Most writers have day jobs. Many teach, some wait tables, some build things. I have none of those skills. I work in the public sector. That’s not meant as a corollary. It just means that in the same way that I stumbled upon writing as an avocation, I stumbled upon Project/Program Manager as my occupation.

After collecting degrees in zoology and education, I selected a graduate program through a process of elimination. Technology and business were definitely out. Humanities as an avenue to employment seemed doubtful. Public Administration—it sounded (oxymoronically) vaguely concrete. That is, I didn’t exactly know what it was, but it sounded practical and real-world—like I could actually get a job as a result. Which I did in the Recycling and Environmental Section of the Solid Waste Division of the King County Department of Natural Resources and Parks. How’s that for a bureaucratic mouthful?

Speaking of mouthfuls, I’m in a profession where impact and implement are used frequently as verbs. As in implementing the project will impact the budget. I do my best to avoid the jargon since it can impact the creative writing project I happen to be implementing during my evening hours.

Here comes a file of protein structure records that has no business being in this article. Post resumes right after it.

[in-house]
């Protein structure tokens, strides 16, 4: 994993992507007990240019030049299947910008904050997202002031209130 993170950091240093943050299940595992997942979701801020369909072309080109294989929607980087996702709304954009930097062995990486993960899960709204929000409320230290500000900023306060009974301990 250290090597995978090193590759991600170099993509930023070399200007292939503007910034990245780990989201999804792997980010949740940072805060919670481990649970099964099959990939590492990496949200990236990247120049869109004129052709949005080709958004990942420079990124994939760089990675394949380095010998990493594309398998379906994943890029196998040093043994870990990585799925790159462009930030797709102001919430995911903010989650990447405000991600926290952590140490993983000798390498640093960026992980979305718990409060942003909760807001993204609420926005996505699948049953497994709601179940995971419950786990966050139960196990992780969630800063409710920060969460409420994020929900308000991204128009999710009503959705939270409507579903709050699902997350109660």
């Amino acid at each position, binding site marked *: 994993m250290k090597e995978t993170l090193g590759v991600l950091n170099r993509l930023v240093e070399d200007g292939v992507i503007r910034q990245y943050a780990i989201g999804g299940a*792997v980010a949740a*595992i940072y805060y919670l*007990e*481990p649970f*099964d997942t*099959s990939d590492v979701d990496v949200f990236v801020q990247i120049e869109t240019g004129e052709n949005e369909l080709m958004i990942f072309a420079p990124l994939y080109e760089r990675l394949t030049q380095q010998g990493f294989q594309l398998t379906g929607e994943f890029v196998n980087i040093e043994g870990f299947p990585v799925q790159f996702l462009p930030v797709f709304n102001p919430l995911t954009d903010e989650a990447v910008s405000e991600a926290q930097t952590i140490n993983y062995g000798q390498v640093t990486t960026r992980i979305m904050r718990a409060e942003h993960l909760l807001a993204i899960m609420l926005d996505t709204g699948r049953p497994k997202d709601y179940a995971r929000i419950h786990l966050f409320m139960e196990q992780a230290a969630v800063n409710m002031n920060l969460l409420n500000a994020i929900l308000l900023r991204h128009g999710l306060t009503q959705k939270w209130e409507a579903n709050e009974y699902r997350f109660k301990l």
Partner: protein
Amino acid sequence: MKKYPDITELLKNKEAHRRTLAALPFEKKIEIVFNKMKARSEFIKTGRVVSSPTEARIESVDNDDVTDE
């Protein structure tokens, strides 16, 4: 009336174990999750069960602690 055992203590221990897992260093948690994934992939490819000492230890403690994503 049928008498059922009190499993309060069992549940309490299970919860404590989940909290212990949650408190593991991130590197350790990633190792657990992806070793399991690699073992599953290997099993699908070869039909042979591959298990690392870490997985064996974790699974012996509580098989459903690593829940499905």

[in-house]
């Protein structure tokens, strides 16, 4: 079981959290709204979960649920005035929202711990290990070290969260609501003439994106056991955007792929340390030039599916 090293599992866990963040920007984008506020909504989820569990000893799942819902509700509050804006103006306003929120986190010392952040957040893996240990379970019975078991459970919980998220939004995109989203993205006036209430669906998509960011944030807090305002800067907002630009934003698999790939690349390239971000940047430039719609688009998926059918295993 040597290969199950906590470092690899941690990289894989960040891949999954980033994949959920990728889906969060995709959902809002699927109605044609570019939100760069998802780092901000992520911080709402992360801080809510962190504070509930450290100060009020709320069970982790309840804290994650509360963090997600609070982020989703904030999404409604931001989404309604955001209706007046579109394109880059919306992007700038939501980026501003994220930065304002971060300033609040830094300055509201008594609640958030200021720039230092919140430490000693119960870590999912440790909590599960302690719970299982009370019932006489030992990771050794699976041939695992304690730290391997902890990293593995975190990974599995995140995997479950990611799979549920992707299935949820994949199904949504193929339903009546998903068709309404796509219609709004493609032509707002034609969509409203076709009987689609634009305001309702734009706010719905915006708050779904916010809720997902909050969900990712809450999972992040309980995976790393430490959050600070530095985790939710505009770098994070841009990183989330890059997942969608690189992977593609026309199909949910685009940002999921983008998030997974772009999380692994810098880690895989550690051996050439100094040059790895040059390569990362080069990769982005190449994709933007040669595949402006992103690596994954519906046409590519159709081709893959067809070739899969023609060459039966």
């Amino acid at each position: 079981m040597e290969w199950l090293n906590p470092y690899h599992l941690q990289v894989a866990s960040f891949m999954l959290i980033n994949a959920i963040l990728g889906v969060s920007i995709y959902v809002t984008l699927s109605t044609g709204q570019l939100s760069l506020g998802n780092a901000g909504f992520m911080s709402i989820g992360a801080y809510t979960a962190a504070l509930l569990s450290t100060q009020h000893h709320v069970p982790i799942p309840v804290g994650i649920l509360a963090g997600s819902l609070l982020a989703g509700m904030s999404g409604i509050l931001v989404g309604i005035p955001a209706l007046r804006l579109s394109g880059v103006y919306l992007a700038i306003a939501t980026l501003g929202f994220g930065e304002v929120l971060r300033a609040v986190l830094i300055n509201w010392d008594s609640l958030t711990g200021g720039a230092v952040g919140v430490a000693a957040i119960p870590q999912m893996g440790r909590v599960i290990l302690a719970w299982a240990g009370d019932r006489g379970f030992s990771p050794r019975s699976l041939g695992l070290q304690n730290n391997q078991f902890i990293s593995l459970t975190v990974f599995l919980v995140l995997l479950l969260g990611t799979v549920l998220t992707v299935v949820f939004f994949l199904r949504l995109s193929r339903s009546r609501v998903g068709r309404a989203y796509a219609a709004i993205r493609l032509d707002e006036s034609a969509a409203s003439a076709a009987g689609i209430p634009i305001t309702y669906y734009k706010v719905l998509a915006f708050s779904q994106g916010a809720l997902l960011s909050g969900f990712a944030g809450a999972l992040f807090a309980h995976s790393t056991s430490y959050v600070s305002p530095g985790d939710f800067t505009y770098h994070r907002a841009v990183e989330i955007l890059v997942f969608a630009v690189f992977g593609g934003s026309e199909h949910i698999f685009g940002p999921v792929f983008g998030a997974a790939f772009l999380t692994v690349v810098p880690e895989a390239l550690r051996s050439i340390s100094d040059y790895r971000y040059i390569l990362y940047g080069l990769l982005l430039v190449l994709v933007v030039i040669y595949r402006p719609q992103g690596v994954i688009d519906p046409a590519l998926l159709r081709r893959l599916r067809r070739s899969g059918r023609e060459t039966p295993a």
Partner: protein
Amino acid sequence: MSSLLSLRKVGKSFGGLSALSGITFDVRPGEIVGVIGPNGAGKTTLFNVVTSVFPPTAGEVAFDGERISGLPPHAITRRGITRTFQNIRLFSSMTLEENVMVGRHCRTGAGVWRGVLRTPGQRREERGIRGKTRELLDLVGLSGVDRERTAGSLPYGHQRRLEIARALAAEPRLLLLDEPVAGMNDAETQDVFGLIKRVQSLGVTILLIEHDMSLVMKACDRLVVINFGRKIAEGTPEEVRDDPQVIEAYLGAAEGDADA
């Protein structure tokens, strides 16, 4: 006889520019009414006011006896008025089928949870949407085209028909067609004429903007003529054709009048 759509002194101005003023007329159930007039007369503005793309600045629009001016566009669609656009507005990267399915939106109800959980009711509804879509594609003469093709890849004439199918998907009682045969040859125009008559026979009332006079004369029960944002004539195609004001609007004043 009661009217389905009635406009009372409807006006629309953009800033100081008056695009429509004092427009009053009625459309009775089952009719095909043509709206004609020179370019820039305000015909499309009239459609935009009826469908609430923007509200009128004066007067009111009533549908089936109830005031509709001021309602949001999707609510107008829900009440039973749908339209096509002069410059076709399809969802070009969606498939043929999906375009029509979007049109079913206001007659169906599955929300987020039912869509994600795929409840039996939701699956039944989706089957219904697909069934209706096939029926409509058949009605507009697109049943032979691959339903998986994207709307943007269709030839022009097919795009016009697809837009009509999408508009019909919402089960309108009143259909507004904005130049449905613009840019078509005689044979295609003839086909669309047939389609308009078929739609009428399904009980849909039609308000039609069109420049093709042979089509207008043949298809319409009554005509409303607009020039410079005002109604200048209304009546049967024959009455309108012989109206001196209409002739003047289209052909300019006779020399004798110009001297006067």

The job suits me, though. There is a sense of comfort inside a cubicle. A little marked-off territory that is my own with desk, chair, computer, file cabinet, bookcase, recycle bin, droopy plant, and a bit of clutter suggestive of the multiple projects I juggle on behalf of the public.

In the public sector, you’re accountable to lots of people out there, so you get the work done.

In my office we are a hive of workers, honeycombed in our individual cells. Our telephone voices hum through the cubicle partitions, our fingers clack at our keyboards, our postures flag with our focused efforts despite our ergonomic chairs (which is why I drop and do push-ups next to my desk every so often).

I admire my coworkers. They’re a dedicated bunch, motivated by a deep concern for the environment. It’s a passion, really. And that’s where I may not measure up.

I believe in what I do. I’m competent and caring. The education program I manage recently won the Recycler of the Year Award for Youth Education from the Washington State Recycling Association. But when it comes to passion, I reserve it for writing. Otherwise, I couldn’t get it done each day after the day job.

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